TOTALLY agree Jashshea. On the one hand, I’m proud to be a torchbearer in a lot of ways, but on the other hand, I am so tired by the thought of my personal/sexual actions being touted as a Sign of the Times. Just because I tell a dirty joke and go home with a guy doesn’t mean that I’m “degrading” myself – or that I’m so “modern” and “free.” I hope all this discussion and moving and growing helps us end up somewhere that’s more neutral and free from judgment on both sides, you know?


    (I will return and more intelligent, add non-caps lock comments shortly, but I just had to get that out of my system first.)

  • Anya

    In my experience, the hook up culture is not so fun, and not so empowering. Sure, it’s something to do, but having sex and being in a relationship are two very different things that have only sex in common. Hookups do not replace a relationship. Hookups are only as feminist as the women and men (or women and women) engaging in them, and when it’s not feminist, which it often isn’t, it’s Awful.

    I’m glad this article doesn’t jump to the conclusion that hookups deprive women of their agency (as in – assuming it’s just blow jobs all the time), which a lot of previous articles did, but it’s a leap to equate hook up culture and the postponement of marriage with modern feminism. As the previous article in The Atlantic about women not being able to have it all points out, you have to compromise, and one compromise is with the Feminists of our mothers’ generation who insist that career is more important than family. That hookups might somehow be a form of prophylaxis against unwanted young marriages fits neatly in the career-over-marriage career-first narrative. That narrative is reactionary, and for our generation, which has seen where that leads, it’s not realistic. Give me family AND career. I’ll sacrifice a bit of both before I have to sacrifice all of one.

    • Shiri

      YES. “Hookups are only as feminist as the women and men (or women and women) engaging in them, and when it’s not feminist, which it often isn’t, it’s Awful.”

      I happened to read the Salon article about the hookup culture and female orgasms last night (which I can’t seem to find a link to right now) which focuses on how men in that age group don’t care about their hookup partner’s sexual satisfaction but do care about their relationship partner’s sexual satisfaction. As someone above said, seeing the hookup culture as feminist is a pretty macro level view. In my experience, it sure wasn’t feminist in the micro. It often felt like playing into everything male dominated culture wanted of you (me), even though the power felt awfully good.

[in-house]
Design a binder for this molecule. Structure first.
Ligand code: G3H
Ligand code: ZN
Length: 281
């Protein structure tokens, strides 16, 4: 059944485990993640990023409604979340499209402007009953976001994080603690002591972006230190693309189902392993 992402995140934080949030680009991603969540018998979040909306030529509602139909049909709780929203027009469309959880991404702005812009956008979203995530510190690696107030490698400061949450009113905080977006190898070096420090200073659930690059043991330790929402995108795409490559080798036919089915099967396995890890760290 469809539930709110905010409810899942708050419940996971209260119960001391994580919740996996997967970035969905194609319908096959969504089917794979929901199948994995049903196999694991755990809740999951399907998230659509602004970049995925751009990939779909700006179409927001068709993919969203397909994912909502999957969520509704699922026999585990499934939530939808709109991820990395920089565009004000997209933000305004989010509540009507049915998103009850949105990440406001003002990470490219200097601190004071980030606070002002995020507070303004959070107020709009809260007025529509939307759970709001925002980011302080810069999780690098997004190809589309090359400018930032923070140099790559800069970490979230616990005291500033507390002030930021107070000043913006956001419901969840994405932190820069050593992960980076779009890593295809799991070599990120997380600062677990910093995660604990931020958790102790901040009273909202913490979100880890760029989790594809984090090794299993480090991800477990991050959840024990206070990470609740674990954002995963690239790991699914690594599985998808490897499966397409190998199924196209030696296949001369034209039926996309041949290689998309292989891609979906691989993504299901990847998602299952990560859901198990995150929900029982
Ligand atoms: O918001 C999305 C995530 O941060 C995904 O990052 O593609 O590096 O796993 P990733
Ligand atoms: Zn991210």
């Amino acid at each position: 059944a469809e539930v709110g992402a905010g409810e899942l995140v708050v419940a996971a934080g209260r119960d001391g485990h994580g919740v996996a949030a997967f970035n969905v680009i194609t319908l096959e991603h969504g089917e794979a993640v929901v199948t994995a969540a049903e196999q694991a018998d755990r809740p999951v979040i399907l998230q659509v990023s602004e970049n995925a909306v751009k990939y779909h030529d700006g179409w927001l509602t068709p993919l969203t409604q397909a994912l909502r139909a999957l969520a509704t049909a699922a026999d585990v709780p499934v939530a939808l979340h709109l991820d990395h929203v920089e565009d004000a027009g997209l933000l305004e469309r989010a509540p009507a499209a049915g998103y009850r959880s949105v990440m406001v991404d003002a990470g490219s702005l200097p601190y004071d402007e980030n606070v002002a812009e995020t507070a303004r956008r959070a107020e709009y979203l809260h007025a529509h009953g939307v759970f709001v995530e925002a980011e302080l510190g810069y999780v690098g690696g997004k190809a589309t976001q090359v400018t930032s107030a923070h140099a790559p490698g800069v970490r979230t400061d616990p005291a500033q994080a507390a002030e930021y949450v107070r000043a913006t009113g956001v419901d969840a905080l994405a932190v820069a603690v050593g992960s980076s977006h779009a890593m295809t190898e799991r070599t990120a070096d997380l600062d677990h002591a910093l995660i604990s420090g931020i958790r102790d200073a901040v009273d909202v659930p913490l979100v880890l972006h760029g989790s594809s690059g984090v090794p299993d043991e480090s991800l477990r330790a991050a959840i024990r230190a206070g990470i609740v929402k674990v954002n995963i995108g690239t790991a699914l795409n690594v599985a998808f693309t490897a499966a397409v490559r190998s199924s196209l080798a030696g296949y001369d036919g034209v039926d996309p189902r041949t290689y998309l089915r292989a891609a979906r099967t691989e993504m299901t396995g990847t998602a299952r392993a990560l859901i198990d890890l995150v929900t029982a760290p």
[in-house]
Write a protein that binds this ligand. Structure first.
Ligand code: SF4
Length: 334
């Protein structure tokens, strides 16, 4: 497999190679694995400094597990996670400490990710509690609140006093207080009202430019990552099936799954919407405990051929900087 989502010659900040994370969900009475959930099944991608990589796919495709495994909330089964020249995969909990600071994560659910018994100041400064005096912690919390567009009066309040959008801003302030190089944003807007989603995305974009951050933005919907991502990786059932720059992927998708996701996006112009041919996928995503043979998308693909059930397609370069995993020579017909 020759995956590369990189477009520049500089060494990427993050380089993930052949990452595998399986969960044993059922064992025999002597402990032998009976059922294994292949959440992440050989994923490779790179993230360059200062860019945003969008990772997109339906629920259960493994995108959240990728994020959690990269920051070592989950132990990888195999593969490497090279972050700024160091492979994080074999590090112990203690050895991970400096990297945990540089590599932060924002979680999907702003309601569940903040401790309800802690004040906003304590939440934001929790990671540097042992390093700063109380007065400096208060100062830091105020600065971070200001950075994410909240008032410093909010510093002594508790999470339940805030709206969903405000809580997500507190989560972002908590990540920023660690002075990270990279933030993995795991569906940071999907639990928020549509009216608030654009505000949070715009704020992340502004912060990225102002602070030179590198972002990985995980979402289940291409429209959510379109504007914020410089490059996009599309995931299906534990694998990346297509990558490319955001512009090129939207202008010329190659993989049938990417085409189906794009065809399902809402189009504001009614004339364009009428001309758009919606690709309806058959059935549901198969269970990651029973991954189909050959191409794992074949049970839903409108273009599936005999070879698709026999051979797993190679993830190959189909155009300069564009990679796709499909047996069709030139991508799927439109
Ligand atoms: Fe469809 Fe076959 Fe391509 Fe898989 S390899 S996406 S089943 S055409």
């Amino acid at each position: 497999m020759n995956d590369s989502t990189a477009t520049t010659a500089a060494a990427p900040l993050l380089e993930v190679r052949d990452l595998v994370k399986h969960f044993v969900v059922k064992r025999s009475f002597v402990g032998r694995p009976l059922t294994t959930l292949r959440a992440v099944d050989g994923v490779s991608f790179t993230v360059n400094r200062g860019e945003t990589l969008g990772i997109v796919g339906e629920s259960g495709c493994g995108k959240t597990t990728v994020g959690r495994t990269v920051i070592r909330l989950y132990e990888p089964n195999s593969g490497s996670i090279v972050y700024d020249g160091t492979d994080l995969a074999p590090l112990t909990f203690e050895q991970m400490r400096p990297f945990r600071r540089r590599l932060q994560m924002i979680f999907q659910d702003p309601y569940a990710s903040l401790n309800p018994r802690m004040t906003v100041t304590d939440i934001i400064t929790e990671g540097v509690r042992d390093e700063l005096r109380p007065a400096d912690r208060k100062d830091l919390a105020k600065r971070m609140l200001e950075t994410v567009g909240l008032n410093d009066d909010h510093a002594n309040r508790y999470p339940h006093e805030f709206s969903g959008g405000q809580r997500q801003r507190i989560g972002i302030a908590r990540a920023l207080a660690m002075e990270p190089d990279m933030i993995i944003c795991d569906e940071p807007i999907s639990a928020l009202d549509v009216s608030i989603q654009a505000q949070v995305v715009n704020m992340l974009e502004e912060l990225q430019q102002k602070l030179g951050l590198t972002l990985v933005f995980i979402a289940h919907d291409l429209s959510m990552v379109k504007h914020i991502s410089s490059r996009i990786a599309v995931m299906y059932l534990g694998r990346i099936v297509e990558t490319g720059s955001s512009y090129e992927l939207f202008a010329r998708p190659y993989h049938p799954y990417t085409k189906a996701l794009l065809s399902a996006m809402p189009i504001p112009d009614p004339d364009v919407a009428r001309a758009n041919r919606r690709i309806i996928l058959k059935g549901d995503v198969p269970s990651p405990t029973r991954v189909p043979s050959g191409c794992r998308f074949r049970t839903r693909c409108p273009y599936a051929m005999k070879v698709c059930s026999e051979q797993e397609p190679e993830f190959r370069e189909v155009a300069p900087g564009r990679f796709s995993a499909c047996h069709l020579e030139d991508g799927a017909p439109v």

Also, Hannah, well done. Great post.

      • Ros

        In my experience, the guys who didn’t care about their hookup partner’s satisfaction didn’t get laid much. On the other hand, the guys who DID care basically got recommended to any other interested woman around.

        Maybe that’s just my social circle as a whole, but I’ve totally hooked up with guys because 3 of my friends recommended him as a good lay who wouldn’t be complicated in the morning (and, for the record, they were usually right). And, frankly, those guys seemed to have a lot more fun than the guys who spent more time boasting about being in bed than having fun in bed. *shrugs*

        • Shiri

          You definitely know more “evolved” men than I do (and possibly more evolved women, too!)! Part of this may be that my experience with the hookup culture was in college and I’m not sure how many 19 year old know enough or care enough about female orgasms. I think, or hope, that mid-20s hookup culture is probably different, but I’d opted out at that point.

          I think most of my friends’ involvement in hooking up was aimed, as someone said above, towards eventually turning a hookup partner into a boyfriend, so what you said about recommending someone never really applied for us.

          • Anya